This is an interactive optic fiber cloth. It is made of side-emitting diffusive optic fibers so computer controlled light patterns can be displayed on it, and by attaching light receivers as well as light emitters, optical signals can be input using infrared light.
Sony Corp., which popularized portable music players with the Walkman, is seeking a U.S. patent for “SmartWig” hairpieces that could help navigate roads, check blood pressure or flip through slides in a presentation. The wig would communicate wirelessly with another device and include tactile feedback, Sony said in the filing with the U.S. Patent & Trademark Office. Depending on the model, the hairpiece may include a camera, laser pointer or global positioning system sensor, it said.
Companies in Japan and overseas are accelerating their development of “wearable technology”— items such as wristwatches and eyeglasses with data processing capabilities. South Korea's Samsung Electronics Co. is expected to soon announce a new watch-type device and Google Inc., of the United States, has generated considerable buzz over its Google Glass product. And with domestic makers including Sony Corp. hurrying to enter the market, competition over the next generation of computing devices is expected to heat up.
Matsuzakaya, the oldest department store in Tokyo’s famous Ginza shopping district, closed Sunday for a total makeover and will reopen as a large commercial complex in four years. Under a block-wide redevelopment project, the venerable 88-year-old, seven-story department store will be replaced in fiscal 2017 by a 13-floor high-rise with six basement floors and office space, operator J. Front Retailing Co. said.
A Japanese entrepreneur’s answer to Google Glass, but with a Japanese manga-style twist. Japanese entrepreneur Takahito Iguchi wants people to see the world through other people’s eyes. But as a less ambitious jumping off point, he’ll kick it off with a world that looks like a Japanese manga cartoon. His device, called the Telepathy One, is the closest thing I’ve seen under development yet to Google’s Glass gadget.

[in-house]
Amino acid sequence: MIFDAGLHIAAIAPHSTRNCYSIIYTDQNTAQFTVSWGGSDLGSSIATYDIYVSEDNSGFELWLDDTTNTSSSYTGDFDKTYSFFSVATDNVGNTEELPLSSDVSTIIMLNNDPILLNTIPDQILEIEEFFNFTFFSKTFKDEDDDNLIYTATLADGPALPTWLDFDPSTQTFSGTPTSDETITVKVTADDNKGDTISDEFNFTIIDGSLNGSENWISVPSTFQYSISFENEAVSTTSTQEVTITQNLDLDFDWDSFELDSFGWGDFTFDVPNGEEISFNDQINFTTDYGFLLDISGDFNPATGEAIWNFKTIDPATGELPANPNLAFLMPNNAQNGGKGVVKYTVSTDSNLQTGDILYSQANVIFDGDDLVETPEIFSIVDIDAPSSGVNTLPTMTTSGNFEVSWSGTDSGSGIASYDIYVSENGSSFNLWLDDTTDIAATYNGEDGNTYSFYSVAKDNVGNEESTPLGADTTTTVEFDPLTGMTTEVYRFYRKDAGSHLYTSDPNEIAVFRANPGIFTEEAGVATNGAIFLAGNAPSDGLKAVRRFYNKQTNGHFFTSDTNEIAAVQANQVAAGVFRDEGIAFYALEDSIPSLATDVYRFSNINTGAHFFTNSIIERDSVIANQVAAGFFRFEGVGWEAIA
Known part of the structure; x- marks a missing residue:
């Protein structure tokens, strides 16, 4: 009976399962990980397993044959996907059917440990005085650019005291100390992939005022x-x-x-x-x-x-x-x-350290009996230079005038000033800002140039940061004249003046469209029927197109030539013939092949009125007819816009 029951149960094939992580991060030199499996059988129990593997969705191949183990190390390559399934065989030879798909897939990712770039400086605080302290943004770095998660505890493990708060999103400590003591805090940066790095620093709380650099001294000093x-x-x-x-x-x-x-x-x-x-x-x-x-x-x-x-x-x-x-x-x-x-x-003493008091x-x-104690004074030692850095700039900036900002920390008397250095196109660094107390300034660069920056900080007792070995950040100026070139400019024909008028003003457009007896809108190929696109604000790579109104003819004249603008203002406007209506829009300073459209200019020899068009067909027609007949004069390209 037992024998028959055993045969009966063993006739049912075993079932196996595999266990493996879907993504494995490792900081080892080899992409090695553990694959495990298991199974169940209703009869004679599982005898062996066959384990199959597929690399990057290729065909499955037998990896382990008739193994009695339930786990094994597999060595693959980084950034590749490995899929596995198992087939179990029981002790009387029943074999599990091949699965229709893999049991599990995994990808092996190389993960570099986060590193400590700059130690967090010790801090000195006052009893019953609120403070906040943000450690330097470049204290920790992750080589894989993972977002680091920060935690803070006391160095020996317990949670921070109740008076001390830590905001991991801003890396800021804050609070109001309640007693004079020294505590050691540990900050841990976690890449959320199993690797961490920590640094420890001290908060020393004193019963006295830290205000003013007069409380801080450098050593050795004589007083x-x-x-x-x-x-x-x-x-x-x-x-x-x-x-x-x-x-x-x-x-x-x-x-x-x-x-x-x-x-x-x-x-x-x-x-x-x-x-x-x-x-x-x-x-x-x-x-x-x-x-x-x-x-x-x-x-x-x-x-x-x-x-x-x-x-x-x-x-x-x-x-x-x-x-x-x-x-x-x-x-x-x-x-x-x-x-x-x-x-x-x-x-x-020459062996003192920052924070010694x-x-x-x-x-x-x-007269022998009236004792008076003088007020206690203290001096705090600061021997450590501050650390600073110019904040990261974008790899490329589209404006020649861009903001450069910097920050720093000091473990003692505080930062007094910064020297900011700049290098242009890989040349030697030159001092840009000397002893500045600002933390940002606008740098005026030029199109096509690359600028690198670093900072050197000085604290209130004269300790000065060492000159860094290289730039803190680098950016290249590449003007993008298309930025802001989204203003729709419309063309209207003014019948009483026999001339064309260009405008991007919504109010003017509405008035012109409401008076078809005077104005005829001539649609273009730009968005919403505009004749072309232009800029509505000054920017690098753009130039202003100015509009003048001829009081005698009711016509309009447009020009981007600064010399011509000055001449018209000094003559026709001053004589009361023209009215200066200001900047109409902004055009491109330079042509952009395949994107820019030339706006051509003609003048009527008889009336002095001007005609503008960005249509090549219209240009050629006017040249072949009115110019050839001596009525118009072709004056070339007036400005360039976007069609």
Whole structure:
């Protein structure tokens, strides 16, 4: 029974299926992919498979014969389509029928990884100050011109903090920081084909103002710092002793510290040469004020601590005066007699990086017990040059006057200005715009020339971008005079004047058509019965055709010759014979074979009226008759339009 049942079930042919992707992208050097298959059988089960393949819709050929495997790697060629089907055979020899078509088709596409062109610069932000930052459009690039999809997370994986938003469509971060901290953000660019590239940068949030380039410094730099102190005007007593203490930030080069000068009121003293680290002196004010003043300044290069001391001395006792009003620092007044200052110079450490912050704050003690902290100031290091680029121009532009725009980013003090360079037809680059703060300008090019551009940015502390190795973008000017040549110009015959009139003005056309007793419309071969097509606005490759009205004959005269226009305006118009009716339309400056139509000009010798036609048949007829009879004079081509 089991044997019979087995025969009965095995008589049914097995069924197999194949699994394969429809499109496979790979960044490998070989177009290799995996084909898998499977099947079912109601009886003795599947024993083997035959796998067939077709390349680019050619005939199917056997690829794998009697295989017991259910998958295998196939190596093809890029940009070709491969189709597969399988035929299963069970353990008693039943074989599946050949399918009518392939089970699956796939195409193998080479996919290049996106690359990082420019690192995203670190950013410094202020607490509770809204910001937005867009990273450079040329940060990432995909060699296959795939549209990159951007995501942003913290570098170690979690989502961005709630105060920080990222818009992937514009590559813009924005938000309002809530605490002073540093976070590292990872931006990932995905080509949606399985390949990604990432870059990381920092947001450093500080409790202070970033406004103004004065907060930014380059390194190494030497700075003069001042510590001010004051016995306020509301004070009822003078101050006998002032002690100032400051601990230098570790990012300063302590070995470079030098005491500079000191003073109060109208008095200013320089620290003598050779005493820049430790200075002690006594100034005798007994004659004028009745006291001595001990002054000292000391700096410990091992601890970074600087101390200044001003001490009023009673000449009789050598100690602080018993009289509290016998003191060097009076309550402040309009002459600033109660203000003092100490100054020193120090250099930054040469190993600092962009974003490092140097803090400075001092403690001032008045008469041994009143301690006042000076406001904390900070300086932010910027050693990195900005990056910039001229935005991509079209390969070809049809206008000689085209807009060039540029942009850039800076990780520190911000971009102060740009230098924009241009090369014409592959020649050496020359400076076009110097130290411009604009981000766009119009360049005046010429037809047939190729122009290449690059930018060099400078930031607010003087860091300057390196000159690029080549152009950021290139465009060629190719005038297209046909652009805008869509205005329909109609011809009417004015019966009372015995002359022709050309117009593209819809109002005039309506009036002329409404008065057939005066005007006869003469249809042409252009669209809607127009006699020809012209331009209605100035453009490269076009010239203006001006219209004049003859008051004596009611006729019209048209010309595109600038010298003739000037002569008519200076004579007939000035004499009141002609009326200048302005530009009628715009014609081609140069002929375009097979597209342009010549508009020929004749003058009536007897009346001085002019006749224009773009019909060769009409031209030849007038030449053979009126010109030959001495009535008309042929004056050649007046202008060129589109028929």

Sailor-style outfits, blazers, and stand-up collars are just some representative items from Japanese school uniforms, which are now spreading across the world as part of the "Cool Japan" trend. Behind the skirts and the sleeves, however, are decades' worth of imported culture and generational changes.
Time for us to admit another entrant into the hall of unnecessary, but cool inventions. Installed at Tokyo's Shinagawa Station yesterday, this latest spin on the vending machine dispenses with those silly windows unto what you're buying and furnishes its user with a 47-inch touch panel from which to make his (or her) selection. An embedded camera will recognize your gender and age, allowing the machine to recommend a beverage suitable to whatever stereotype is attached to your particular circumstances.
Just when you thought there was no more commercial land left on which to build in Downtown Tokyo, here comes Japan Prime Realty Investment Corp. with an announcement of a planned 47 story, 2.13 million square-foot office complex on a little more than 2.5 acres.
Kashiwa Sato is the face behind many of Japan’s most famous designs — from the logos for Fast Retailing’s casual-clothing chain Uniqlo to artwork for Japan’s popular boy band SMAP and premier fashion designer Issey Miyake. Now he is taking on a new challenge as the creative mind behind the country’s new logo and message representing “Cool Japan,” the government’s campaign to promote modern Japanese culture abroad. It will be used by Japanese agencies and companies.
Beginning in early November, Suntory will for the first time, introduce their internationally renowned blue rose APPLAUSE in North America. With nearly 100% blue-pigmented petals, blue rose APPLAUSE is the world's first blue rose, a technically sophisticated and wondrously stunning flower with a delicate blue color. The hue of the dawn sky, with a refined and colorfully refreshing scent, blue rose APPLAUSE captivated the international audience when it first went on sale in Tokyo in 2009.